Walking, cycling, public transport and taxis are all forms of sustainable travel that will grow the local economy and contribute to a healthy and active local culture. They also minimise pollution from greenhouse gas emissions and poisonous particulates in the air we breathe. Because of this our first preference is for people to travel sustainably to, from and around the North East. Therefore the majority of our activities in transport will be focused on developing our sustainable transport network.

SPACE for Gosforth’s letter to the NE Local Enterprise Partnership also highlighted similar NELEP policies.

Cycling Improvements in Newcastle – Ten Years Strategy 2011 – 2022

One key means of achieving a sustainable transport network, as required by Newcastle City Council, NECA and NELEP policies, is to encourage more people to cycle, especially for trips too far to walk but still within cycling distance.

The overarching aim is to develop a cycling culture where 20% of all trips under five miles are undertaken by cycle by 2021. This will contribute towards making the city cleaner, more  competitive and its people healthier. Cycling will also contribute to the economic growth of the city by cutting congestion and giving people more reliable journeys to work. It will also contribute to our aim of having a low carbon, energy resilient economy. Individuals who cycle will benefit from being healthier, less stressed, more productive at work and less likely to fall ill.  

In addition, “Newcastle City Council seeks to have 80% of all trips under 5 miles undertaken by walking, cycling or public transport by 2022.  As part of this target 20% of all trips under 5 miles will be undertaken by cycling by 2021 with an intermediate target of 10% by 2017″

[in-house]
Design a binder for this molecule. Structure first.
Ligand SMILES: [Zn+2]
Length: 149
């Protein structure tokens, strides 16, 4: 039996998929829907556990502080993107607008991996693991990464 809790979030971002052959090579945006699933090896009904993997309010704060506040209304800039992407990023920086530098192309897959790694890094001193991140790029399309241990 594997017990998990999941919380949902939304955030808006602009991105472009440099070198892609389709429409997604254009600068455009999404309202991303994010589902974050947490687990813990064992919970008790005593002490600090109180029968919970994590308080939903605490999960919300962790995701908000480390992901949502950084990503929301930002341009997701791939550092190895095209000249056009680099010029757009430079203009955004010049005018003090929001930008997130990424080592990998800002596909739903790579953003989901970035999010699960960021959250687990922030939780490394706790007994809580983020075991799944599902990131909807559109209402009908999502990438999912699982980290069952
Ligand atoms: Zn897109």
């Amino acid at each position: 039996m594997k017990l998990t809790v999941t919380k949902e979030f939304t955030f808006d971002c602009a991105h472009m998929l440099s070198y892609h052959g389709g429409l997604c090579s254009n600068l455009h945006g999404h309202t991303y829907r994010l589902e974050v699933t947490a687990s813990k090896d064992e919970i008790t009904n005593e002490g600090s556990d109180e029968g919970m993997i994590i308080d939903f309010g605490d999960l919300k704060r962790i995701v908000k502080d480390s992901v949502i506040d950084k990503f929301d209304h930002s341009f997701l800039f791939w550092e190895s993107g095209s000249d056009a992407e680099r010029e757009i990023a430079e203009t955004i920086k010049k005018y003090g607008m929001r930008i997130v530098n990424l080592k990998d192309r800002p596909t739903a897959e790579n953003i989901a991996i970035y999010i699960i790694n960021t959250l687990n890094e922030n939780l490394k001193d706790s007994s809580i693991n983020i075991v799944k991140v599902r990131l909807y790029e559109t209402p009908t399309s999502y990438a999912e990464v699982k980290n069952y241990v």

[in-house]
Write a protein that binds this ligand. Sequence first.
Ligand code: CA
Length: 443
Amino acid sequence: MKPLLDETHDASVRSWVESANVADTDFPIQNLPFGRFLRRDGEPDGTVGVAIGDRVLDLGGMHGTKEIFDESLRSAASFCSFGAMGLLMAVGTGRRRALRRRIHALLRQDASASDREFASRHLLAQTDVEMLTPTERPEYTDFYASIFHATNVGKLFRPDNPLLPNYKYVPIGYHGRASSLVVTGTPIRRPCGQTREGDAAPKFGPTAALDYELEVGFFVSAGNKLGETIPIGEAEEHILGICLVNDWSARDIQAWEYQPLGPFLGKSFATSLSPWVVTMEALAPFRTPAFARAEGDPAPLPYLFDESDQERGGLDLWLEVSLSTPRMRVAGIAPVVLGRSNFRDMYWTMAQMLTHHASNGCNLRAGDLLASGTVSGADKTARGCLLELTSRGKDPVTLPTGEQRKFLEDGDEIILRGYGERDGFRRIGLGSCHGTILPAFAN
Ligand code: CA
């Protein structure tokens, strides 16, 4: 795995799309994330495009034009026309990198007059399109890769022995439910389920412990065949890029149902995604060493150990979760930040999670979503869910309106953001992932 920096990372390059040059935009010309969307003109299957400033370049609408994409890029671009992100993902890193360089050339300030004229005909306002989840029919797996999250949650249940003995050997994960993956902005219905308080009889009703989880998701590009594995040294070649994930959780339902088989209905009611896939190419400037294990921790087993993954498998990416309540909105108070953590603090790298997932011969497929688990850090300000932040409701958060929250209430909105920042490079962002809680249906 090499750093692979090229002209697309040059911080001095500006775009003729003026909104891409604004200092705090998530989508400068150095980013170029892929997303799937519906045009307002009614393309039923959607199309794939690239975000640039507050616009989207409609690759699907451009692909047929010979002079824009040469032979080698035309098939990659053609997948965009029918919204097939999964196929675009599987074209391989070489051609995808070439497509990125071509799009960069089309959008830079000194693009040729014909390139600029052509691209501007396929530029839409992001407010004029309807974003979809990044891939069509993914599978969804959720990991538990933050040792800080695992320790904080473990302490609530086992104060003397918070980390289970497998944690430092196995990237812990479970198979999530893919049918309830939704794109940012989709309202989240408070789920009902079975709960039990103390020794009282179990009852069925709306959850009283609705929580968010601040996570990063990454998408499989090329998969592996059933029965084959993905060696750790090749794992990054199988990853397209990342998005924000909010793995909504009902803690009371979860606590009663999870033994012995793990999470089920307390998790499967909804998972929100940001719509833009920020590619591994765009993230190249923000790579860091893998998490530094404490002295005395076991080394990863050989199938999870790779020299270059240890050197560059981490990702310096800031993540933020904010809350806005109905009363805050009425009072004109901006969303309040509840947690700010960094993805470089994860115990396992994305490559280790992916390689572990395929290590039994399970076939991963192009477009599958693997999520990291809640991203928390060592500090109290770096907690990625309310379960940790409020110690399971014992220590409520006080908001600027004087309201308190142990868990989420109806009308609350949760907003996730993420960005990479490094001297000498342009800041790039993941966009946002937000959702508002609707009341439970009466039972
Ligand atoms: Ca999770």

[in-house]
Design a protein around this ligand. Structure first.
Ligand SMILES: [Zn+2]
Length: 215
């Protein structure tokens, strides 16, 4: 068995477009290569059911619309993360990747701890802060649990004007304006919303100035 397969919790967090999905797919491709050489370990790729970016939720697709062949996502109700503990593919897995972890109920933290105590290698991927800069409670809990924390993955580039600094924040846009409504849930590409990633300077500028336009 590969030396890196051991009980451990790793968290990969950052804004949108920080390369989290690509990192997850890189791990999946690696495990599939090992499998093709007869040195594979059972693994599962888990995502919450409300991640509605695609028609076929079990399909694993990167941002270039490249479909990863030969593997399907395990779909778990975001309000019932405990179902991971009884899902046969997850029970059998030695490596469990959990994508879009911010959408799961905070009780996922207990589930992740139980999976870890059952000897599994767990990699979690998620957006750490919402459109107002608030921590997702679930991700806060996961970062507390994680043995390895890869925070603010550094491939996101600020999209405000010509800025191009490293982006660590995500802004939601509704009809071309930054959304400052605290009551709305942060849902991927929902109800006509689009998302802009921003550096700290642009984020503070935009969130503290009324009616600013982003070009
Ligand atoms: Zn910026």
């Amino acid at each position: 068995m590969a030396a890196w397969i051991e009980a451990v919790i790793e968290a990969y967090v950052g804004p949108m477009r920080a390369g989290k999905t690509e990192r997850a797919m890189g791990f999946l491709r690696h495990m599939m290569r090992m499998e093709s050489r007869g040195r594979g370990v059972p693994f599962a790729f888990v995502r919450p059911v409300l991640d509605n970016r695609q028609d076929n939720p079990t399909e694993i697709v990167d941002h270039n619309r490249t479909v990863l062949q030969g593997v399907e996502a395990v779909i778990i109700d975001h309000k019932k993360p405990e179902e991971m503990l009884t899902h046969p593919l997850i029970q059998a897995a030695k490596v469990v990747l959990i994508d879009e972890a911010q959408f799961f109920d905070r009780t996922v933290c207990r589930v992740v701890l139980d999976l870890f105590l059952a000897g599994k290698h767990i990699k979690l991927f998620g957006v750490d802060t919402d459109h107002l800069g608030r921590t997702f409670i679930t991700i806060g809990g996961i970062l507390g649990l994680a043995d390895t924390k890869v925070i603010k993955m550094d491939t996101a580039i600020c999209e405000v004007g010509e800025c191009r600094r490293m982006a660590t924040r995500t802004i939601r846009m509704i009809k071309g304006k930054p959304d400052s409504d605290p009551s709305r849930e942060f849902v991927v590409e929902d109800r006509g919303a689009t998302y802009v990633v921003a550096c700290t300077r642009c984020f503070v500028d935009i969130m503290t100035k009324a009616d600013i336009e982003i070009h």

The Council has developed 7 Strategic Cycle Routes (SCR) radiating from the city centre.  SCR4 (in black) heads from the City Centre across Blue House through Gosforth High Street up to  the Great Park. 

These policies are replicated at a national level, for example via The Cycling and Walking Investment Strategy, which sets out the ambition for “streets and public places which support walking and cycling and a road network where we will always consider improving infrastructure for cycling and walking when local and national routes are maintained, upgraded or built.”

2. Effect on safety

An Independent Traffic Accident and Data Unit Report has documented collision analysis on the junction between 2010 and June 2016 there have been 75 road traffic collisions involving an injury reported to Northumbria Police.

This number, while significant in its own right, understates the full impact of the current junction design as in addition to people injured as a result of road traffic collisions there will be a much greater number of collisions resulting in damage to vehicles and even more ‘near misses’ where collisions were narrowly avoided.